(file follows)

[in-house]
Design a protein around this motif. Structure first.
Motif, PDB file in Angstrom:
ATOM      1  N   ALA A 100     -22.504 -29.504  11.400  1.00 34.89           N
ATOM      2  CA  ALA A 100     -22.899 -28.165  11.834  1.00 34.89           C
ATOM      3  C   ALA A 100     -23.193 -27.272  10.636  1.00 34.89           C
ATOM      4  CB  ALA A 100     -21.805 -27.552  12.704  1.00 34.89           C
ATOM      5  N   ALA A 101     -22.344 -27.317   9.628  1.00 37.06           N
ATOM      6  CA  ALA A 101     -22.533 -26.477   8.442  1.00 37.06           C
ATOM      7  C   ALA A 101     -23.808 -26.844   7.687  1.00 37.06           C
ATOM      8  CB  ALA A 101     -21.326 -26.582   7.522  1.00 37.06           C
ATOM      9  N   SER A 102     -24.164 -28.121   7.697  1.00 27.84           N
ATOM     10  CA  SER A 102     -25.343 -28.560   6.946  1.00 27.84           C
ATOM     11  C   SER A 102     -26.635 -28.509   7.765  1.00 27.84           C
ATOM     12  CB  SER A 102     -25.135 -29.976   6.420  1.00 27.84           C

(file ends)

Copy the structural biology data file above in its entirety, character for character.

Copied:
[in-house]
Design a protein around this motif. Structure first.
Motif, PDB file in Angstrom:
ATOM      1  N   ALA A 100     -22.504 -29.504  11.400  1.00 34.89           N
ATOM      2  CA  ALA A 100     -22.899 -28.165  11.834  1.00 34.89           C
ATOM      3  C   ALA A 100     -23.193 -27.272  10.636  1.00 34.89           C
ATOM      4  CB  ALA A 100     -21.805 -27.552  12.704  1.00 34.89           C
ATOM      5  N   ALA A 101     -22.344 -27.317   9.628  1.00 37.06           N
ATOM      6  CA  ALA A 101     -22.533 -26.477   8.442  1.00 37.06           C
ATOM      7  C   ALA A 101     -23.808 -26.844   7.687  1.00 37.06           C
ATOM      8  CB  ALA A 101     -21.326 -26.582   7.522  1.00 37.06           C
ATOM      9  N   SER A 102     -24.164 -28.121   7.697  1.00 27.84           N
ATOM     10  CA  SER A 102     -25.343 -28.560   6.946  1.00 27.84           C
ATOM     11  C   SER A 102     -26.635 -28.509   7.765  1.00 27.84           C
ATOM     12  CB  SER A 102     -25.135 -29.976   6.420  1.00 27.84           C